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Title: Functional neuroimaging : a sparse modelling approach
Author: Yan, Shulin
ISNI:       0000 0004 5357 1149
Awarding Body: Imperial College London
Current Institution: Imperial College London
Date of Award: 2014
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Developments in technology have enabled scientists to study brain function in an unprecedented way. Functional neuroimaging is the use of neuroimaging technologies to capture information about the state of a brain, with the goal of studying the relationship between mental functions and brain activity. One such technology is functional magnetic resonance imaging (fMRI), which produces a signal that can be used to create cross-sectional images of the brain. These images can be used to measure brain activity in different sections of the brain. In fMRI recording there is a tradeoff between spatial and temporal resolution. My first contribution in this thesis is to present a novel algorithm for generating cross-sectional images. This is a signal processing problem with high dimensionality, but few measurements. My algorithm uses ideas from sparse modelling because variations in functional MR images are sparse over time in the wavelet domain. It will enable high resolution images to be generated using fewer measurements. Sequences of functional MR images are recorded while subjects perform different tasks. The second contribution of this thesis is a machine learning technique to predict different tasks from the captured fMRI sequences. Existing methods perform poorly at this prediction task due to the curse of dimensionality. I overcome this problem by designing a novel sparse modelling method based on the assumption that the active brain region in response to a target task is sparse in the whole brain area. The final contribution to this thesis is the design of different assessment criteria for selecting the most relevant voxels to interpret the neural activity. The conventional selection method uses the assessment of predictive performance, resulting in many false positive selections due to the small number of samples. To overcome this problem, I introduce the concept of stability. My method selects the relevant voxels using the assessments of both predictive performance and stability, which significantly reduces the selection error while maintaining the predictive performance.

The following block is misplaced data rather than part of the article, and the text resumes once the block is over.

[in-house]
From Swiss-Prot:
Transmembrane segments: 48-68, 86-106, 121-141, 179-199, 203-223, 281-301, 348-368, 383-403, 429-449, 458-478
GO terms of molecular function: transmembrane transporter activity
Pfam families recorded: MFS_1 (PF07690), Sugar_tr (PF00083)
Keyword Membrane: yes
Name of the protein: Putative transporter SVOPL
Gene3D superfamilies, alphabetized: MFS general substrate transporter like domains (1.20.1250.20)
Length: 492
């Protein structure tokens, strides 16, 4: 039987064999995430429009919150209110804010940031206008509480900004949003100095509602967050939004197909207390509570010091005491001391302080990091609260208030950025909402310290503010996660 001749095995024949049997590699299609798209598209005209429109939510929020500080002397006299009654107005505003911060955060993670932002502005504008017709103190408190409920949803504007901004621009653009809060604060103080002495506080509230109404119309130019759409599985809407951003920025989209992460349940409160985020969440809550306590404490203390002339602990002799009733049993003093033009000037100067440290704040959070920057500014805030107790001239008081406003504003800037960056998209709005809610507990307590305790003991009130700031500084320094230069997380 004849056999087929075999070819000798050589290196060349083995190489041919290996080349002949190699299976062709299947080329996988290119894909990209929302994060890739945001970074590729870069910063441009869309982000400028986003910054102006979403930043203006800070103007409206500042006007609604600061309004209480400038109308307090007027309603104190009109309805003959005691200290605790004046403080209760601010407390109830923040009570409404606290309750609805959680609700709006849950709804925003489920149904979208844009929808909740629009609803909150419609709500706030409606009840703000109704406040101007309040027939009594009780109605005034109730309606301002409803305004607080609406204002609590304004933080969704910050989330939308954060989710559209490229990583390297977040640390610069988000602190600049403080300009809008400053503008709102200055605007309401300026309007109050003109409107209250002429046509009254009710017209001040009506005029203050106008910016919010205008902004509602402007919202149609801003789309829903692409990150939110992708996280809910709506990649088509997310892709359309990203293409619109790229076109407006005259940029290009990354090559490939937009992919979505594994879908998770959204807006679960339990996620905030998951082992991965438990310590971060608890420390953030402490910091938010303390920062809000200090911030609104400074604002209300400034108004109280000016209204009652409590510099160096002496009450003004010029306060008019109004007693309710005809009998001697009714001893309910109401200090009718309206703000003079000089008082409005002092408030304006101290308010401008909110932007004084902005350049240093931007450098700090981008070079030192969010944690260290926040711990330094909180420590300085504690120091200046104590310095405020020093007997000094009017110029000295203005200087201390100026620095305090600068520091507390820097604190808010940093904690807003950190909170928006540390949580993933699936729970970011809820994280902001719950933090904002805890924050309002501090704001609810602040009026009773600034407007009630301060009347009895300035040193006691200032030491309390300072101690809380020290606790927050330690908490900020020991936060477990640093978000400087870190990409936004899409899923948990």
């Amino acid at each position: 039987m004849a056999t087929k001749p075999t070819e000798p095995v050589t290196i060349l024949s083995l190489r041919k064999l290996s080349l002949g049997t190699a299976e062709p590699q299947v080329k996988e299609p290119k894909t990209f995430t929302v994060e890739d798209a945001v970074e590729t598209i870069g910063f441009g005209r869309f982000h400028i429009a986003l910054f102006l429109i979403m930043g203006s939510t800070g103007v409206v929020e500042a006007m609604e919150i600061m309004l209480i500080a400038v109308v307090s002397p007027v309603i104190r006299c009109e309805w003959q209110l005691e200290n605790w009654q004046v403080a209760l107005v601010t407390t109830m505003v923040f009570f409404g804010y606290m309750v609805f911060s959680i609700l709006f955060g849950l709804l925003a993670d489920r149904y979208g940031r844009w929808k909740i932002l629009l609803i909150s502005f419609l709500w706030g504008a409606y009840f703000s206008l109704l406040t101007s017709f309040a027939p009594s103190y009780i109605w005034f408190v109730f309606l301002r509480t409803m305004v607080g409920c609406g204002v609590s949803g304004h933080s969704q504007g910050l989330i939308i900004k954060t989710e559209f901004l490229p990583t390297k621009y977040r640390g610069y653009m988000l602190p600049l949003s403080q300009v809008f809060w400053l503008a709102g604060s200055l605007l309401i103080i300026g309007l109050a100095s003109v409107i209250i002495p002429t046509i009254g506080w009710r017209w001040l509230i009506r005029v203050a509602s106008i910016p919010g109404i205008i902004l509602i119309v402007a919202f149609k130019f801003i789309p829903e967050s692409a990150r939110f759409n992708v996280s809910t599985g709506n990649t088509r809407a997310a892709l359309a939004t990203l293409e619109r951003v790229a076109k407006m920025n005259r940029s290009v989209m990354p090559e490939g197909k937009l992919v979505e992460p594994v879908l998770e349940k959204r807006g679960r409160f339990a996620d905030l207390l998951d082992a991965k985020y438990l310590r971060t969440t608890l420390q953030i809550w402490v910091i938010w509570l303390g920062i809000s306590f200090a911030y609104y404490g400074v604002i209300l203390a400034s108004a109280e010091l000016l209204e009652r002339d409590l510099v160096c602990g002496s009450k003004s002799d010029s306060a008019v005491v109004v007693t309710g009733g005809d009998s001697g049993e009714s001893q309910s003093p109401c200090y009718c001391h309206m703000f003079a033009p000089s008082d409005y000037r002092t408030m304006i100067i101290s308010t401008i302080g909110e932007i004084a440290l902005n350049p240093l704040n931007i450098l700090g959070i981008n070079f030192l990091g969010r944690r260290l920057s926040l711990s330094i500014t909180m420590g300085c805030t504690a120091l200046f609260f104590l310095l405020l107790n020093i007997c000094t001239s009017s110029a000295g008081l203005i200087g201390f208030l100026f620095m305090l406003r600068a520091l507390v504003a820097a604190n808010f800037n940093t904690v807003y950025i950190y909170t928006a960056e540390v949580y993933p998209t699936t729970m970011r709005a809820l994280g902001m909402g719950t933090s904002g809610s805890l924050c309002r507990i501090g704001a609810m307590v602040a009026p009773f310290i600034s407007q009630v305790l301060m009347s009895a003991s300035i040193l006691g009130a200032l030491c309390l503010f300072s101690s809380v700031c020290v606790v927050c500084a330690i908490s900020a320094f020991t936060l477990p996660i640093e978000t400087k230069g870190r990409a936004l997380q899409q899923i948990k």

Supervisor: Guo, Yike Sponsor: Not available
Qualification Name: Thesis (Ph.D.) Qualification Level: Doctoral
EThOS ID:  DOI: Not available